Although it's difficult to see the differences in this picture, the best results were obtained from chocolate taken when the mix was between 83 to 85 degrees. Both above and below that range the chocolate was less glossily, didn't snap and had a course texture. The three samples at 78, 77, and 76.5 degrees were noticeably lighter in color. The 76.5 degree sample was the end point of the test because the chocolate turned solid. This test calibrated my thermometer by providing the best temperature for pouring or dipping. It's two degrees cooler than indicated by most references so I assume that the thermometer was slightly miss-marked.

 

And yet another final issue:

As a follow-up to the slow/low temperature melting technique, I played around with different ways to maintain constant controlled temperatures and came up with the following system:

I set up a pan with two cups of water in it and placed it over a burner with the flame set on its lowest setting. After 15 minutes the water was up to a constant 190 degrees. Then I bent a coat hanger so that it wedged inside the pan and created a cradle to hold the bowl in which the chocolate was placed at just the right height to maintain a constant 98 degrees. This turned out to be low enough so that I didn't have to worry about scorching the chocolate yet high enough so that it didn't take all day to melt. Once the chocolate was melted I could take it off the frame and work on it as needed for tempering, then replacing it for a few seconds or minutes depending on what technique was being used to warm it. Once I had it tempered, I placed a small rack on top of the frame and placed the bowl on the rack.

The extra height allowed enough cooling air between the water and bottom of the bowl so that the chocolate was now maintained at a constant 84 degrees: high enough to prevent undesirable forms of chocolate crystals from forming yet cool enough so that the good beta crystals weren't lost.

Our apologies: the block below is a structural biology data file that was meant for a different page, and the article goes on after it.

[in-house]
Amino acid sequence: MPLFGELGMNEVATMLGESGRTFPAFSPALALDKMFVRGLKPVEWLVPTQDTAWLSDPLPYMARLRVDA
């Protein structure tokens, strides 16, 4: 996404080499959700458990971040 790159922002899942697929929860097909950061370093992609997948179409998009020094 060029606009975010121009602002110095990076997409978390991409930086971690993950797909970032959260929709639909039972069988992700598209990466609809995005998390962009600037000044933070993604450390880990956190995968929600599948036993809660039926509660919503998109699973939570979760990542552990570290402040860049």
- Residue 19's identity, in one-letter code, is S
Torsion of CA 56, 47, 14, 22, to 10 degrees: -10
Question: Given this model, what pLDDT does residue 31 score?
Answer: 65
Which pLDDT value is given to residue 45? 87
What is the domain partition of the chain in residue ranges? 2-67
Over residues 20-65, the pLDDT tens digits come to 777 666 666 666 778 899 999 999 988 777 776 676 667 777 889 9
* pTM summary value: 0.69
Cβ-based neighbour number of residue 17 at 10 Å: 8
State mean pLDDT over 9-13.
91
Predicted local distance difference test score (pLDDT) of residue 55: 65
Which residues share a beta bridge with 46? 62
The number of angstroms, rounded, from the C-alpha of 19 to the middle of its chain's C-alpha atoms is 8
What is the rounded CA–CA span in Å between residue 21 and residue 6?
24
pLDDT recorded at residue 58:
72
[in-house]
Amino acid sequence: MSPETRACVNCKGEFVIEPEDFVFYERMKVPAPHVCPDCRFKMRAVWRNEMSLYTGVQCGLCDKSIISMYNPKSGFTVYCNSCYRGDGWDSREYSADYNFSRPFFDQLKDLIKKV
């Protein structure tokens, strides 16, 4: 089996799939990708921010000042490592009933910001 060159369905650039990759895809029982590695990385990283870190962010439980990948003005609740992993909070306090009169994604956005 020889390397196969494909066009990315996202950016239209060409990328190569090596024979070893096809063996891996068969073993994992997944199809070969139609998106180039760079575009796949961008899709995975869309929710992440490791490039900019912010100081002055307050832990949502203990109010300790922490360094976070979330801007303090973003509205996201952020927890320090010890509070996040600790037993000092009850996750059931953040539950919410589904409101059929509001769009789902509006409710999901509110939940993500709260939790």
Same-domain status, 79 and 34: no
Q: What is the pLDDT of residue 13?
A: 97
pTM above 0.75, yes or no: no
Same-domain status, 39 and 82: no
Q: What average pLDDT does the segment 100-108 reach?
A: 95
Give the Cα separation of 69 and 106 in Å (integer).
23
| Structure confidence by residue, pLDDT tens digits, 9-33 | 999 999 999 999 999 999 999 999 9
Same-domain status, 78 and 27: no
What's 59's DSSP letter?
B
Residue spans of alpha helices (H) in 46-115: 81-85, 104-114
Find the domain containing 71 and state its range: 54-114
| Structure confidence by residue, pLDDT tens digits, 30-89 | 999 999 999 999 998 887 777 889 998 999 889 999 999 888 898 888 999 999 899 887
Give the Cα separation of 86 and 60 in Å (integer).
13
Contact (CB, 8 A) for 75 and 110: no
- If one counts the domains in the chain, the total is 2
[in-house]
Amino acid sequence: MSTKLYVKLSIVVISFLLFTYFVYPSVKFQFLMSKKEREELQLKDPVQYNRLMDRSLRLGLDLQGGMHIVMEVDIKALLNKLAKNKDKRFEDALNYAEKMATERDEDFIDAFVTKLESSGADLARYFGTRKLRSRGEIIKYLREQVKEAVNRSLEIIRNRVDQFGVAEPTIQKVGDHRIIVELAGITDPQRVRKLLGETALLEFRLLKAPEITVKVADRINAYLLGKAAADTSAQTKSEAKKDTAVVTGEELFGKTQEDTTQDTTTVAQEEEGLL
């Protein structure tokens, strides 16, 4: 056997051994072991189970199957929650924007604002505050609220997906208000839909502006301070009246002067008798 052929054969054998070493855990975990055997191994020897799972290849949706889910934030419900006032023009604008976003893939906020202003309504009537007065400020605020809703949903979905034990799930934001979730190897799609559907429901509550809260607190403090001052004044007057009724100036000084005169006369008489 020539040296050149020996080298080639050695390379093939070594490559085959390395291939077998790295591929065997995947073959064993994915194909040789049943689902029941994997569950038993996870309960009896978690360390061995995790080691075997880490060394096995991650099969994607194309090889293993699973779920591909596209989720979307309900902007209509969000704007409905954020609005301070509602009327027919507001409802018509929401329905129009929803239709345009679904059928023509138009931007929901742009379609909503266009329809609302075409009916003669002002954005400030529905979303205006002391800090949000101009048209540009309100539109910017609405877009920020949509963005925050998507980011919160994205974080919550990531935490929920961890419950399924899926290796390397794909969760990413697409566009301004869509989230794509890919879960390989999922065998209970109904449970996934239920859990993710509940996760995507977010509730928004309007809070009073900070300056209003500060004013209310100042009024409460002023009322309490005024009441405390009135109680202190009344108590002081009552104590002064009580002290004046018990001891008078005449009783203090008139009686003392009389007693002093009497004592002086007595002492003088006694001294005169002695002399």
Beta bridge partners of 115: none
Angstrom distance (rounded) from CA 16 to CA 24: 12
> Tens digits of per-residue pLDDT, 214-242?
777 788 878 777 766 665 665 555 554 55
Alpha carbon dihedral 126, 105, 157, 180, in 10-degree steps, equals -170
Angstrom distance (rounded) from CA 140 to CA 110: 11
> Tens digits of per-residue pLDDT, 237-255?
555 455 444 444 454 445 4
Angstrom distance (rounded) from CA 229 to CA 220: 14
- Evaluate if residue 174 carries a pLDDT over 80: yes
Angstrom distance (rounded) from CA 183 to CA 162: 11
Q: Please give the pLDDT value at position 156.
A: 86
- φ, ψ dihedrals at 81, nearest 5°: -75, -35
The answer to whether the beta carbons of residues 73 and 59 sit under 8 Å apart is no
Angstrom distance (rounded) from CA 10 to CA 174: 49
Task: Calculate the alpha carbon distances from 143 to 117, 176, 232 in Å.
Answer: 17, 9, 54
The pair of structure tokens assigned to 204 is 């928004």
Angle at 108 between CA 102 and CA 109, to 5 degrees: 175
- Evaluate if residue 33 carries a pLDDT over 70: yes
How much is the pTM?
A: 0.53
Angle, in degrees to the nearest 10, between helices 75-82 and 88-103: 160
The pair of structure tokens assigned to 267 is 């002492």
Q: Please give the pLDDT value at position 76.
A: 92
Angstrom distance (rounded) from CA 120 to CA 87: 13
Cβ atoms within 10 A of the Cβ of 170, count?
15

WARNING This is a system I made for my own use. I do not recommend anyone else do it because the presence of flame and hot materials and instability of the structure make it potentially hazardous.

 
Seizing: The chocolate maker's worst nightmare

Although melted looks like a smooth liquid, in fact it consists of dry chocolate particles and liquid cocoa butter. If it sounds weird to think that part of a liquid is dry, think of potato chips. When fresh they are crisp and brittle, yet that are also very high in the oil used to fry them. The reason this is possible is that the fat in both cases cannot "wet" or saturate the dry ingredients. Dip a potato chip in water and in short time it turns flabby because unlike the fat, water can wet the dry components. The same thing happens when water comes in contact with melted chocolate... sort of.

When a very small amount of water gets mixed into melted chocolate, it wets the chocolate particles and being wet, they get sticky and tend to clump together. These clumps drive out the cocoa butter and the whole mess appears to instantly "seize" up into a semi-dry paste similar to fudge. Once this happens the chocolate cannot be saved and is only good for baking. Here's what the seizing process looks like:

Four ounces of freshly melted milk chocolate at 88 degrees

 

Only 3 seconds after a 1/2 teaspoon of water is added
the melt starts looking dry

 

Three seconds later the chocolate has completely seized into a
lumpy, fudge-like mass

 

Water, or water-based products like milk and cream, can be added to melted chocolate if the liquid is first brought up to the temperature of the melted chocolate and if a large enough quantity of liquid is used so that instead of the dry chocolate particles being barely wetted so that they are sticky and clump together, they can flow like a liquid. Using sufficient liquids is how ganaches are made.